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CAFC Rules on LKQ v. GM Global, and USPTO Issues Immediate Guidance

“The new USPTO guidance brings LKQ v. GM Global ( ) to the attention of design examiners, but perhaps expectedly, it leaves many questions unanswered on how LKQ will be implemented at the USPTO.

LKQ overruled the previously long-standing Rosen-Durling approach to establishing design obviousness, in that:
• there is no more requirement that the primary reference be ‘basically the same’ as the claimed design
• there is no more requirement that any secondary references be ‘so related’ to the primary reference
• instead, it is only necessary that all references be ‘analogous art’ in the same field as the article of manufacture

The new USPTO guidance does provide a series of 4 factual inquiries for design examiners to undertake before asserting an obviousness rejection under the new LKQ/Whitman Saddle approach, namely:
1. find a primary reference as similar as possible to the claim, and then find secondary references, all from the ‘same field of endeavor’ or at least from ‘analogous art’
2. identify the differences between the claim and the found references
3. consider the knowledge of an ordinary *designer* of such articles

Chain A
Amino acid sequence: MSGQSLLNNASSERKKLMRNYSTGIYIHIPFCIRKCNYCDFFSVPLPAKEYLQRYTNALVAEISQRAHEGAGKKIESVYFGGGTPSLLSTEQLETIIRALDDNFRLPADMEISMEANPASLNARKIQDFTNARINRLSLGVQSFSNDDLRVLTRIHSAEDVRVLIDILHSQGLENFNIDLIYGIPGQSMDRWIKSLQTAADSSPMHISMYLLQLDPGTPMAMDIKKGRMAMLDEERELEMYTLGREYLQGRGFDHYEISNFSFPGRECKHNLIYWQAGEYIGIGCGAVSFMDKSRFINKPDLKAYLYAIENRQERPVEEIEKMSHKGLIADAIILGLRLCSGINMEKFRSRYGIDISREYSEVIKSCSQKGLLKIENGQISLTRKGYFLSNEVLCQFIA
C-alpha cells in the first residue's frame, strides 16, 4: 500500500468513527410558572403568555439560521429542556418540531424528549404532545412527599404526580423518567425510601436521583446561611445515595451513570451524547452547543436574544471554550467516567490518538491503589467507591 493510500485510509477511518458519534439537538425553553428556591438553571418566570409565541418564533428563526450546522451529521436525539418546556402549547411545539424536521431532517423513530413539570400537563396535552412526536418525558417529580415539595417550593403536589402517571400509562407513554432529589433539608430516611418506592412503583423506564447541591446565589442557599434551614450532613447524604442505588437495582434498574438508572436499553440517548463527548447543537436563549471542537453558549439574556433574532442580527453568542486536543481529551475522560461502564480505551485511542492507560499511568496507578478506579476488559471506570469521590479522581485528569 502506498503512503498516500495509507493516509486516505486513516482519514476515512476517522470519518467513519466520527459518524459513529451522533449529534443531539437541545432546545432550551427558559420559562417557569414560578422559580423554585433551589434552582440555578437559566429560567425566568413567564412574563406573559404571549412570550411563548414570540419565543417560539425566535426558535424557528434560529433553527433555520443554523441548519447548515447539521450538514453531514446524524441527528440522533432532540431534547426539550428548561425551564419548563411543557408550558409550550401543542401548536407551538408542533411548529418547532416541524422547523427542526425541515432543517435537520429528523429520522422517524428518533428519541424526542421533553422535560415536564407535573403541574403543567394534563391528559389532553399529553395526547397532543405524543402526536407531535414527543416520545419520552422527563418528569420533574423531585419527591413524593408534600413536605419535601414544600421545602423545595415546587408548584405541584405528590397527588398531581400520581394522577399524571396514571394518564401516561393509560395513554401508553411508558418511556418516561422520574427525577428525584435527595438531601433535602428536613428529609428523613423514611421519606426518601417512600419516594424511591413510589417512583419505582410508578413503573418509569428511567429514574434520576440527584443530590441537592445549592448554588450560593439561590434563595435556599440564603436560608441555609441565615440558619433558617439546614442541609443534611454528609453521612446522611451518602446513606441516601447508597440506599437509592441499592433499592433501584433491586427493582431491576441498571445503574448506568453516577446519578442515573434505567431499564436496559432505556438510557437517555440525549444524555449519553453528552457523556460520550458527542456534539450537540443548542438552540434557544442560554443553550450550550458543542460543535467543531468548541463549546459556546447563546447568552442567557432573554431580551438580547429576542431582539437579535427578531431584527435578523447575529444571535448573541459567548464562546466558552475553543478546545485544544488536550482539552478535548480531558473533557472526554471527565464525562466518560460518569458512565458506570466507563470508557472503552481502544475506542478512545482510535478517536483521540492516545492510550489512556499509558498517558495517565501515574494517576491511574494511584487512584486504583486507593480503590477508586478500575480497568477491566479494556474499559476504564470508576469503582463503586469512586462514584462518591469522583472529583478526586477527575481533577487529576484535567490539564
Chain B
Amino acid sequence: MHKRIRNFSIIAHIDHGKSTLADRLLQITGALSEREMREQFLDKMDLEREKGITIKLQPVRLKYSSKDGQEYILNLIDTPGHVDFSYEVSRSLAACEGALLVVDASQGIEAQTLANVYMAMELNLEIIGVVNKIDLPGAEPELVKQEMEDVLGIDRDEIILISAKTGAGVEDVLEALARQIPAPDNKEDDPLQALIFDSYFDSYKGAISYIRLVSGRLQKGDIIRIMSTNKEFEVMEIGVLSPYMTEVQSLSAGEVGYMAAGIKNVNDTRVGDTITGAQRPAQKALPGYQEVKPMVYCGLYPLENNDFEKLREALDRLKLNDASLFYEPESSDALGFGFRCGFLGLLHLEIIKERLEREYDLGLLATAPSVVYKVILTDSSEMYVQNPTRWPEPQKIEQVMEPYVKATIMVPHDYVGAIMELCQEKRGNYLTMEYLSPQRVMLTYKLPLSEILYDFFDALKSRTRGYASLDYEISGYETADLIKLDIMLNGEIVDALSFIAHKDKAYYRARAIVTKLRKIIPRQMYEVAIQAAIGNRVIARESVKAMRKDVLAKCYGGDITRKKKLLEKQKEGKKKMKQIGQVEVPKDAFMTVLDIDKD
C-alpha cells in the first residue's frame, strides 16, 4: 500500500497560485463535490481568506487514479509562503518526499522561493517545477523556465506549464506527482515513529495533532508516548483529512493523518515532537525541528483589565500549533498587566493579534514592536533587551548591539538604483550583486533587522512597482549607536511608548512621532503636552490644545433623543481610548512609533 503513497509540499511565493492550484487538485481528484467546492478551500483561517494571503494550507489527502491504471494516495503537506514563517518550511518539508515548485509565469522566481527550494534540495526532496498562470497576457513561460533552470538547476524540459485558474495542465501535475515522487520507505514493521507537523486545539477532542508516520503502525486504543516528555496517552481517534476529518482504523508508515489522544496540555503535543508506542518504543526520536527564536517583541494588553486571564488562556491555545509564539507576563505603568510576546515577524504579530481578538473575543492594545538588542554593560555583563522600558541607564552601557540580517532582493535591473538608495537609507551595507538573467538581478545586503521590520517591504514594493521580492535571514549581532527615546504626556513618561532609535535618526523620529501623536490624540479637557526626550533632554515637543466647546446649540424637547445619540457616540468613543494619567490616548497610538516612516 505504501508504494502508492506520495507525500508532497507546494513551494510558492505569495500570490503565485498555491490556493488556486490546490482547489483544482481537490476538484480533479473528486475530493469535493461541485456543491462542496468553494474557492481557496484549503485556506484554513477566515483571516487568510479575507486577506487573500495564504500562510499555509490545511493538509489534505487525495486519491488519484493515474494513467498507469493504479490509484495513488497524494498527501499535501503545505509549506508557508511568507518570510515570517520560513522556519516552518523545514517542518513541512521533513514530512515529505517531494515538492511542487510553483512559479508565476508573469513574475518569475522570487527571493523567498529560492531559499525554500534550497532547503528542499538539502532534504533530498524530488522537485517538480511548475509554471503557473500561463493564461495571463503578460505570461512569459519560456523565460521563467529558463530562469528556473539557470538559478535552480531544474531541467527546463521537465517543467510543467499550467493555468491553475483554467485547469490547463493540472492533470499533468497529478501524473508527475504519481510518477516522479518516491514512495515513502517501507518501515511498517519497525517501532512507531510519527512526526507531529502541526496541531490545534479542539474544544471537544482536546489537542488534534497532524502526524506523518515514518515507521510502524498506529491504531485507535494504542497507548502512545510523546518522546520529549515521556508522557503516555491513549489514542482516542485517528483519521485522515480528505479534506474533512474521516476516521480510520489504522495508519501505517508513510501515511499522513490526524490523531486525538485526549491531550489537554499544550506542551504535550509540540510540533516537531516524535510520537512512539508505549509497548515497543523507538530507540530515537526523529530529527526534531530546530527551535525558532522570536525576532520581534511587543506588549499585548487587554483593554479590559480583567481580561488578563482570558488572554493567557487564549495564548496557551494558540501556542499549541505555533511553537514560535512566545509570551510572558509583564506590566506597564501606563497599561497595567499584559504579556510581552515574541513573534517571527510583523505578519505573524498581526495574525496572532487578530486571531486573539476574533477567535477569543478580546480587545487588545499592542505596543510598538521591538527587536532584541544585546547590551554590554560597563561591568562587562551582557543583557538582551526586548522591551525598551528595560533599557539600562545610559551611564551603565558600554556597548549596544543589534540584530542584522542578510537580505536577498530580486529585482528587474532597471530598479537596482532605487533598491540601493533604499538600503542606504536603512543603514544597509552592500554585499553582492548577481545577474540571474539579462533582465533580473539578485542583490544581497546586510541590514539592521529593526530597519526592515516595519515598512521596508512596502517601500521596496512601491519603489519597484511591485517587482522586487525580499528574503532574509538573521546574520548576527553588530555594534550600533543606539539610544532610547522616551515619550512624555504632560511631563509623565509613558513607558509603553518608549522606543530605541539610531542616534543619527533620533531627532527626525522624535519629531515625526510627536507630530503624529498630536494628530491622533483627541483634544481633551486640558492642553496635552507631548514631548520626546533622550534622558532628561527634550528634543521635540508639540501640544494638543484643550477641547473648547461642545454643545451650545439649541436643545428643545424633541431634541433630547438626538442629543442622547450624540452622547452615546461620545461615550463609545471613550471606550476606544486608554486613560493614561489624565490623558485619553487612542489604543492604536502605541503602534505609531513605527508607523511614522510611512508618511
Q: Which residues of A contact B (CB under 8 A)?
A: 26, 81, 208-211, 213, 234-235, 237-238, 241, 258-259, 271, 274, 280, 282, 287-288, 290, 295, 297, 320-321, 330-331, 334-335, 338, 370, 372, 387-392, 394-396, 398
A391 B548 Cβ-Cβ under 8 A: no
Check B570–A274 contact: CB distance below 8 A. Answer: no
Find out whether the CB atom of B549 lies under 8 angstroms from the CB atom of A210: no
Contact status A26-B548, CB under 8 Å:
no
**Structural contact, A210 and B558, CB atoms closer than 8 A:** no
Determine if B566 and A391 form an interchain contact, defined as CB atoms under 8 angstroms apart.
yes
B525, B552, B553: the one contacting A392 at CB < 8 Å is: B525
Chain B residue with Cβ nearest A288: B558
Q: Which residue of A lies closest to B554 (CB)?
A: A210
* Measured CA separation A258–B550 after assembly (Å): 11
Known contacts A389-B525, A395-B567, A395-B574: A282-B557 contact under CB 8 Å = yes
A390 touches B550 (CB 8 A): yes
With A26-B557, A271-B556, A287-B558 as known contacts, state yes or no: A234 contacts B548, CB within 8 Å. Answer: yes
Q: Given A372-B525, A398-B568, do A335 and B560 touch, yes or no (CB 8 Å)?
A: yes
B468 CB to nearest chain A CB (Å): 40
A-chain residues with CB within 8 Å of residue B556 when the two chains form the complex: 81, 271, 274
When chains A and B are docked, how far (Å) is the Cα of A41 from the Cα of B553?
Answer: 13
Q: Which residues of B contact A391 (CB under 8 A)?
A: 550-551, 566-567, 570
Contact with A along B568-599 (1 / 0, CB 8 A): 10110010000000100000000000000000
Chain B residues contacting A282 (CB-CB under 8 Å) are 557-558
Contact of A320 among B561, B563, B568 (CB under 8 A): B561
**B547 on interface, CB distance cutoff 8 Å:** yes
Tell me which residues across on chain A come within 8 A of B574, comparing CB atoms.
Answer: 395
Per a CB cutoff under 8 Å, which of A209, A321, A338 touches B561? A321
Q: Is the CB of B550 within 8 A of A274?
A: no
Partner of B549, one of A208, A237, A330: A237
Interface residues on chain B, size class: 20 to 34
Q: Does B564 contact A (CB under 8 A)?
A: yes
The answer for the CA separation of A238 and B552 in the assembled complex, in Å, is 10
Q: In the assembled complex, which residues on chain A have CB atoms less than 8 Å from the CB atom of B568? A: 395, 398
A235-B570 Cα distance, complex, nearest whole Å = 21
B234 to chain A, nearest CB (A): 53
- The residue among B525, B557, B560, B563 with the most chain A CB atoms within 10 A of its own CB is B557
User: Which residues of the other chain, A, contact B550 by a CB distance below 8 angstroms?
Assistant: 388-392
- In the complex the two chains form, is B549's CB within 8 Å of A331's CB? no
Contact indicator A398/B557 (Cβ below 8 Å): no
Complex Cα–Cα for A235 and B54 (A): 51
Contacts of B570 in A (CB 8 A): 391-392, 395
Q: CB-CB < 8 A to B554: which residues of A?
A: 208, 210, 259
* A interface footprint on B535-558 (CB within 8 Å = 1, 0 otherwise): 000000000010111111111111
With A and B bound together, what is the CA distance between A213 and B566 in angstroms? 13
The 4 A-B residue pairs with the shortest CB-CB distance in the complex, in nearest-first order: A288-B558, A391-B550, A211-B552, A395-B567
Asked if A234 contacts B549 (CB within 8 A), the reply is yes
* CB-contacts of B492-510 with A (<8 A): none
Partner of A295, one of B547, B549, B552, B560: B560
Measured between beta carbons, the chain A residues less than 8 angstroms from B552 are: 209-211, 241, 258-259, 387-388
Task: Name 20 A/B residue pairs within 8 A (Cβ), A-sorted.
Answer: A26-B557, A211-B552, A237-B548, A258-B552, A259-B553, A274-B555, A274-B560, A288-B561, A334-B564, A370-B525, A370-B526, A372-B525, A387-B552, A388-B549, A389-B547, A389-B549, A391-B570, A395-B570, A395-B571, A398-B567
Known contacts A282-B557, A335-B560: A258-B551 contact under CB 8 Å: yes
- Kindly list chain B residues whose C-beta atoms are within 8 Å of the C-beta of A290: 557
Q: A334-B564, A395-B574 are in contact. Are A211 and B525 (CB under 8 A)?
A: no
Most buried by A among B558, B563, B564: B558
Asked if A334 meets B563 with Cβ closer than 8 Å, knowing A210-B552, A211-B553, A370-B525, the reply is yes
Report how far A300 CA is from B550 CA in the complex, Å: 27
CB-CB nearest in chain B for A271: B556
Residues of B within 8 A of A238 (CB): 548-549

4. consider any ‘secondary considerations’ as indicia of nonobviousness

The USPTO guidance helpfully emphasizes that: ‘[T]here must be some record-supported reason (without impermissible hindsight) that an ordinary designer in the field of the article of manufacture would have modified the primary reference with the feature(s) from the secondary reference(s) to create the same overall appearance as the claimed design.’

For design prosecutors, LKQ does *not* automatically mean we should blindly accept Franken-art obviousness rejections that simply cobble together bits of prior art into the claimed design. Even if Whitman Saddle (as affirmed by LKQ) said it would be obvious to mate the front half of one saddle to the complementary rear half of another saddle, examiners should be strongly challenged on any obviousness rejections reliant upon assembling a *new arrangement or layout* of design elements that would not have naturally mated together in their original contexts. Doing that would arguably run afoul of the CAFC’s admonition in Uniroyal v. Rudkin-Wiley (1988), ‘It is impermissible to use the claims as a frame and the prior-art references as a mosaic to piece together a facsimile of the claimed invention.’”

-Post contributed by Joseph J. Wang, a registered patent attorney and principal at Schwegman Lundberg & Woessner. Joseph J. Wang practices in a variety of technological disciplines, including software, Internet, digital media, and mechanical innovations, as well as industrial designs.

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